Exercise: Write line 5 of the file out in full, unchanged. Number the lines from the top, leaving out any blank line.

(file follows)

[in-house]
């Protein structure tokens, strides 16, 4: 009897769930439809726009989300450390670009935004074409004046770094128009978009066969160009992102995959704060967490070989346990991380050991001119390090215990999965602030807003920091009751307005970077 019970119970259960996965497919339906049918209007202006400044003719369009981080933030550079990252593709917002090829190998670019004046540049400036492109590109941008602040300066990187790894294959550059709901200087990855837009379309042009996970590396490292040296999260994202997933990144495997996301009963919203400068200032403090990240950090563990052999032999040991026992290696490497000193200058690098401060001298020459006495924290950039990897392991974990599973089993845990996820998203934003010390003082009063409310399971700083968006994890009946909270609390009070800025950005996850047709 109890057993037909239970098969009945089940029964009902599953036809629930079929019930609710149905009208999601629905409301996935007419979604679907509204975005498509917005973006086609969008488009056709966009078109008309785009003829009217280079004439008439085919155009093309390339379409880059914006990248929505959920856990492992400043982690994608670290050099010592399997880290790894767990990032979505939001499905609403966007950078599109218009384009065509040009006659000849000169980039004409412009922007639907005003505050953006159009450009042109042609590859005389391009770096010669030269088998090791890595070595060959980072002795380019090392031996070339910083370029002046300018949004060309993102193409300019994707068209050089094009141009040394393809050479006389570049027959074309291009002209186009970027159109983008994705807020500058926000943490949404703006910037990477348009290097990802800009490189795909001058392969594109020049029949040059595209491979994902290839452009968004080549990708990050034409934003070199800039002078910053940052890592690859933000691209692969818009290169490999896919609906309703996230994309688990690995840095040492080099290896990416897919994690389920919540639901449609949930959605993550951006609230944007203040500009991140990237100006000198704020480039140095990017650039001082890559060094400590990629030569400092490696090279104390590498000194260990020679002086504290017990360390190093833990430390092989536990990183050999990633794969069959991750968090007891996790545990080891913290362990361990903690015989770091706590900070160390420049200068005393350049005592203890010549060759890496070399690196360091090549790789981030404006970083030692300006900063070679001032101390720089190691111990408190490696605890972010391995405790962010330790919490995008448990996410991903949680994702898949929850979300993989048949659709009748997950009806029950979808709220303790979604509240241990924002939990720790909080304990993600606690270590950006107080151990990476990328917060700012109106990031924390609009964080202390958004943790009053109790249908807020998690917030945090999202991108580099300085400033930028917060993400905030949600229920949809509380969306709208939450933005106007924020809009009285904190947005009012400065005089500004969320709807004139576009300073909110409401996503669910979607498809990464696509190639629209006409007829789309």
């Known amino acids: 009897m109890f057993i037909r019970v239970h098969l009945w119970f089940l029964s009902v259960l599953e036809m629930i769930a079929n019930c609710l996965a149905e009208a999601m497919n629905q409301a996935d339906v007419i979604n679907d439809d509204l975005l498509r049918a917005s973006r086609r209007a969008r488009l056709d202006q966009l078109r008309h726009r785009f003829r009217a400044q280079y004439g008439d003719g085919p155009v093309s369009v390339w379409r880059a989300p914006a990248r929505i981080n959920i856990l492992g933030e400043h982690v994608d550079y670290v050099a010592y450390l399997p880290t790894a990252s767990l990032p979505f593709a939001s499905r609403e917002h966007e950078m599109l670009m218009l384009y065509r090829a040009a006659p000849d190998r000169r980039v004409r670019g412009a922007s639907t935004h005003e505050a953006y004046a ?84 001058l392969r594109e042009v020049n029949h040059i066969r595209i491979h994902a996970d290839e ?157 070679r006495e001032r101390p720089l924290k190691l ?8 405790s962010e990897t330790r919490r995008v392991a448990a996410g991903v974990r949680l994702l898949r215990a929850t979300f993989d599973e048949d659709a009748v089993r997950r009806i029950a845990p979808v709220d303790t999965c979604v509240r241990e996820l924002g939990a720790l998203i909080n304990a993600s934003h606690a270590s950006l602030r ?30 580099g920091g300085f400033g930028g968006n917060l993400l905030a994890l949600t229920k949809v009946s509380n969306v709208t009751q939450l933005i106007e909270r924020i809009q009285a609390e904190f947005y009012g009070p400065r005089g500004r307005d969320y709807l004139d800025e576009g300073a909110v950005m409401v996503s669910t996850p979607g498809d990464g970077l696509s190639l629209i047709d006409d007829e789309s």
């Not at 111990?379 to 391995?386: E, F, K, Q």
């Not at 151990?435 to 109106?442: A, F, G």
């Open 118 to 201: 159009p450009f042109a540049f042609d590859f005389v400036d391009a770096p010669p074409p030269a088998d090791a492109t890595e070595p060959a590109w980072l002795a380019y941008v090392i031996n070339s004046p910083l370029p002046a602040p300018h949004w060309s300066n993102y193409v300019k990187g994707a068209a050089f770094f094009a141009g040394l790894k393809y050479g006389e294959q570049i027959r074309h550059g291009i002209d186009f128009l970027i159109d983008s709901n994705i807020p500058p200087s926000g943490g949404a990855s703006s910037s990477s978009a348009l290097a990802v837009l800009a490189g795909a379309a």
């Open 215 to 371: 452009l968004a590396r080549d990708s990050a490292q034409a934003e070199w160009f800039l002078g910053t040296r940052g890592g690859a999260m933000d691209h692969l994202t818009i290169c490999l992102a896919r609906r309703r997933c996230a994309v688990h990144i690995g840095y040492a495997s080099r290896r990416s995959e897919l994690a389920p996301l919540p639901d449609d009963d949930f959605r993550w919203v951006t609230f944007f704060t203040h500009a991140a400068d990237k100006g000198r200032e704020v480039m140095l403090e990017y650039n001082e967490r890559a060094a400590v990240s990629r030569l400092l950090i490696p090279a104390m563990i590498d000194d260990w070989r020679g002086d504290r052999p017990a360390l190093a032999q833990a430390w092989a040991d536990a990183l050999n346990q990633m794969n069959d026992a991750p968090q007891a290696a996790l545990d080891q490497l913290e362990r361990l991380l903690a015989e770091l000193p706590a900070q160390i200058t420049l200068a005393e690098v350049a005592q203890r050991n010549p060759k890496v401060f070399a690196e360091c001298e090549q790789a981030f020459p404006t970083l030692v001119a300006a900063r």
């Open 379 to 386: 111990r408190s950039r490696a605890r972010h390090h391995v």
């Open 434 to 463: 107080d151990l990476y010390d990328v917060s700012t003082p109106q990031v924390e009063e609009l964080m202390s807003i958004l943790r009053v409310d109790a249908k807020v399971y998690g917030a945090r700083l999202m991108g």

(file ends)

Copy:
């Not at 151990?435 to 109106?442: A, F, G």